The chassis, at least, was mainstream. It was carried over from the Chrysler New Yorker. Indeed, the Thunderbolt had its roots in the Chrysler Crown Imperial. That was in stark contrast, then, to the sci-fi gadgetry of the interior. Saying that, it was upholstered in traditional leather. In the toy shops, tin replicas of the Thunderbolt sold by the shedload. Each of the half-dozen life-size cars came in its own custom colour scheme. One of them is on display at the Walter P. Chrysler Museum - in Auburn Hills, Michigan. The Chrysler Thunderbolt, then, was a stylish blend of automotive futurism and coachbuilt craftmanship.

Alfa Romeo BAT 7

Alfa Romeo BAT 7 1950s Italian classic concept car

The Alfa Romeo BAT 7 was a concept car out of the house of Bertone - an Italian coach-building firm, par excellence. The BAT 7 was the work of the young Franco Scaglione - a rising star of the Bertone team. It was one of a series of cars he designed - which also included the BAT 5 and BAT 9.

BAT stood for 'Berlinetta Aerodinamica Technica'. As the name implied, airflow was a key concern. Scaglione's goal was to decrease cornering drag - while simultaneously increasing frontal downforce. That tied in with another performance box Scaglioni wanted ticked. That 125mph be extracted from a mere 100bhp engine. All these technical criteria were achieved with flying colours. The BAT 7's drag coefficient was 0.19 - a figure a modern-day supercar would struggle to match. And that, from a car built in '54! Okay, so it helped that the BAT 7 did not come with roadster-style baggage attached. That said, its sibling - the BAT 9 - did put real miles on the clock.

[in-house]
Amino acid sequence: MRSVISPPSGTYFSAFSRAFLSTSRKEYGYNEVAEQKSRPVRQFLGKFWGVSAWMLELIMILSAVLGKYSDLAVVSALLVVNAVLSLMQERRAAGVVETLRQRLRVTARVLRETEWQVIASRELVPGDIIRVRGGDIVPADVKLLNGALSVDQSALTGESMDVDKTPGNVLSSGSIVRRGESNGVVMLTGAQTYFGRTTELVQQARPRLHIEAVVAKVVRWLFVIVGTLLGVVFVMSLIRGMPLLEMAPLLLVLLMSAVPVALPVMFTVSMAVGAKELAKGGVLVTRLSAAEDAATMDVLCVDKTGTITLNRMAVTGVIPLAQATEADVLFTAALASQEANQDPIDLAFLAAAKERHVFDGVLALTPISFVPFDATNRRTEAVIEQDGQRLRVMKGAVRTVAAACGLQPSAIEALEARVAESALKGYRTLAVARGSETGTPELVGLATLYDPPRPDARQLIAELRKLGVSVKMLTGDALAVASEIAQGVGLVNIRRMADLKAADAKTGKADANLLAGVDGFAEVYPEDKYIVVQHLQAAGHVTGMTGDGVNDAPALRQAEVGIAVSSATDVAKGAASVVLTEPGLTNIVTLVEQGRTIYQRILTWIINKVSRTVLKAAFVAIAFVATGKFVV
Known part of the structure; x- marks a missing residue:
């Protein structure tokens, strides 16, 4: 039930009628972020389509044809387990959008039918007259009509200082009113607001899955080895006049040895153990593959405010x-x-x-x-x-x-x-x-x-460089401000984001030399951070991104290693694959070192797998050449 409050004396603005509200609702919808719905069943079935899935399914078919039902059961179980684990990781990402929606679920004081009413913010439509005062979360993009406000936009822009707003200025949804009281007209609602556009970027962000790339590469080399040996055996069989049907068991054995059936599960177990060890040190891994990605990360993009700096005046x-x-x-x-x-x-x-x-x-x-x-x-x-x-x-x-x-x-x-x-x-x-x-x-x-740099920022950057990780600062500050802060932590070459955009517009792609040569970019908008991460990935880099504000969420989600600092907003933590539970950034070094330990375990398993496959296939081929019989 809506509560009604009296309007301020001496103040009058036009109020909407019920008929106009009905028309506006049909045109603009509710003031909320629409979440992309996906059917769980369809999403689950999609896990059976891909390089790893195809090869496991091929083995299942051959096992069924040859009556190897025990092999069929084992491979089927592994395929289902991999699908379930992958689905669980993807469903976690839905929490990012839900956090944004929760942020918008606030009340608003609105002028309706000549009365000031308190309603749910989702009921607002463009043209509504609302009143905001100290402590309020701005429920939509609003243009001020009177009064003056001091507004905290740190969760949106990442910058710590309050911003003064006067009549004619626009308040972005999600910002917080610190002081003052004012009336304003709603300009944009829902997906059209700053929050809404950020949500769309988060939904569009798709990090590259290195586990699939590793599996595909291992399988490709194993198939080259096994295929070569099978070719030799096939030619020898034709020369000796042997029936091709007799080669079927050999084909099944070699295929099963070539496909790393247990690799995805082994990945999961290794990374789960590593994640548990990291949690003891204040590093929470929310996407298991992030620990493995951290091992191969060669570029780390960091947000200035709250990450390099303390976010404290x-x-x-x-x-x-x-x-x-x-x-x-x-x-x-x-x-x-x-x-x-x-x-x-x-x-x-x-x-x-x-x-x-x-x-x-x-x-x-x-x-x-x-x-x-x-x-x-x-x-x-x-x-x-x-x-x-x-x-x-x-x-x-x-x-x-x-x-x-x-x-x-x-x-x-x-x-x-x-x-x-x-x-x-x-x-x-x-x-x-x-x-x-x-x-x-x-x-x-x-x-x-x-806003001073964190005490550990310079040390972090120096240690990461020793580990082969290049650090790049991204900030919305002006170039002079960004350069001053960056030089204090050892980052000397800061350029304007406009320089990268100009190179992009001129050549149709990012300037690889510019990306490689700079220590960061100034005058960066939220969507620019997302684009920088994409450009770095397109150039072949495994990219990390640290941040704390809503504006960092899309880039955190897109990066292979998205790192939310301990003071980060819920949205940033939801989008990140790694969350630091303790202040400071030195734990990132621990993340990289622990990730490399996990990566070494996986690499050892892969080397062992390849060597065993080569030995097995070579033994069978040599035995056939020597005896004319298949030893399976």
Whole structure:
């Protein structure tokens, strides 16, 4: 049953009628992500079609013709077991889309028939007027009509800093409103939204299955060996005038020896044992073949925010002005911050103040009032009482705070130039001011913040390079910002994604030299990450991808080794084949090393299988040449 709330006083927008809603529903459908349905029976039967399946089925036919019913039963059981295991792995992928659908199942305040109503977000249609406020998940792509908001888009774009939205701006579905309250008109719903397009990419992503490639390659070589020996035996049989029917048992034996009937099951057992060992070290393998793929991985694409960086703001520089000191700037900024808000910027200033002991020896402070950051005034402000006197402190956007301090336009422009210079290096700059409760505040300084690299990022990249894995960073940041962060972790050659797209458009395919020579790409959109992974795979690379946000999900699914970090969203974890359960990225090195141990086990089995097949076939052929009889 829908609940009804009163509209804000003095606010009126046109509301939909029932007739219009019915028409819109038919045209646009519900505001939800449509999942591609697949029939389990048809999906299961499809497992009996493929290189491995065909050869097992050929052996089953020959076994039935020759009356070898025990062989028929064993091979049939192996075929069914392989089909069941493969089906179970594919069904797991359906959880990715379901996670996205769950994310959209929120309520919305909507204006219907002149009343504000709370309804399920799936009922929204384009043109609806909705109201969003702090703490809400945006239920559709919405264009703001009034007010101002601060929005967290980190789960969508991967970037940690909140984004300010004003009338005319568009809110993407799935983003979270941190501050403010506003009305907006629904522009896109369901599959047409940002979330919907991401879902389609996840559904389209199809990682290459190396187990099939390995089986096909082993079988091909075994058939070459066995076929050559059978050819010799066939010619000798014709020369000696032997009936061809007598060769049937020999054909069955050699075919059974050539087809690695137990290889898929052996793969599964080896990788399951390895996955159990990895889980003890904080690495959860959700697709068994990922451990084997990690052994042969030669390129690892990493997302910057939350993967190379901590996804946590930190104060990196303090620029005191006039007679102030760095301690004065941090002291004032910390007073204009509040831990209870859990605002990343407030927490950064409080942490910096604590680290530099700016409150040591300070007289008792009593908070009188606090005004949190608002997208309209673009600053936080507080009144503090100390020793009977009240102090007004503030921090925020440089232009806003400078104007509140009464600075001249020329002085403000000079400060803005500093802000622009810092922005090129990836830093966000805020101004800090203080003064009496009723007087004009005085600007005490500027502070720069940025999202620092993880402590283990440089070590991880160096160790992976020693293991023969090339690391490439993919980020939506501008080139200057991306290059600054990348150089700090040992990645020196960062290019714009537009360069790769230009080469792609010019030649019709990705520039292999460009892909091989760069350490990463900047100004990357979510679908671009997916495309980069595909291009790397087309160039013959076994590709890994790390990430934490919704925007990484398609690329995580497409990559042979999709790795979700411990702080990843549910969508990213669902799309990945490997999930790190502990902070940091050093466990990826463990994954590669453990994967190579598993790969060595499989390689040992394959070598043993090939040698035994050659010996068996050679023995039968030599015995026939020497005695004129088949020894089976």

The BAT 7 served only to strengthen the bond between Alfa and Bertone. The latter had designed the bodywork for the Giulietta Sprint GT - now an established product in the Alfa range. The insights gleaned by Bertone from the three BAT cars had been vital in the GT's development. Not least, the BAT 7. From its rakish low nose - to the folds of its 'tail-fins' - air-pressure did not stand a chance. In time, Bertone's lessons in shape-shifting would be learned by other automotive designers. Few of their creations, though, would have the allure of the Alfa Romeo BAT 7. A manta ray on wheels, the BAT 7 took metalwork to a whole new level. Young Italian coachbuilders - take notes!

Ferrari 312T

Ferrari 312T 1970s Italian F1 car

The 312T won the '75 F1 World Championship. Ferrari were cock-a-hoop. It had been eleven long years since the last one. Having the great Niki Lauda as driver helped, of course. But, Lauda would have been first to acknowledge the contribution of a fellow member of the Ferrari team. Namely, Mauro Forghieri - who designed the 312T's engine.

The Ferrari flat-12's motor had slimmer bores than those of the V-configured layouts of other teams. That allowed them to rev higher. Increased engine speeds meant more horsepower. It also meant more fuel consumption - so the 312T hit the grid heavier than its rivals. Thus, it fell to Ferrari's strategists to erase that handicap as the race wore on. They obviously made a good fist of it. Lauda won three consecutive races - 5, 6 and 7 - in Monaco, Belgium and Sweden. He had added two more by season's end. Deservedly, then, he took his first World Championship. Small wonder he described it as 'the unbelievable year'! To be fair to their competitors - not least, Brabham - Ferrari's car was head and shoulders above the rest.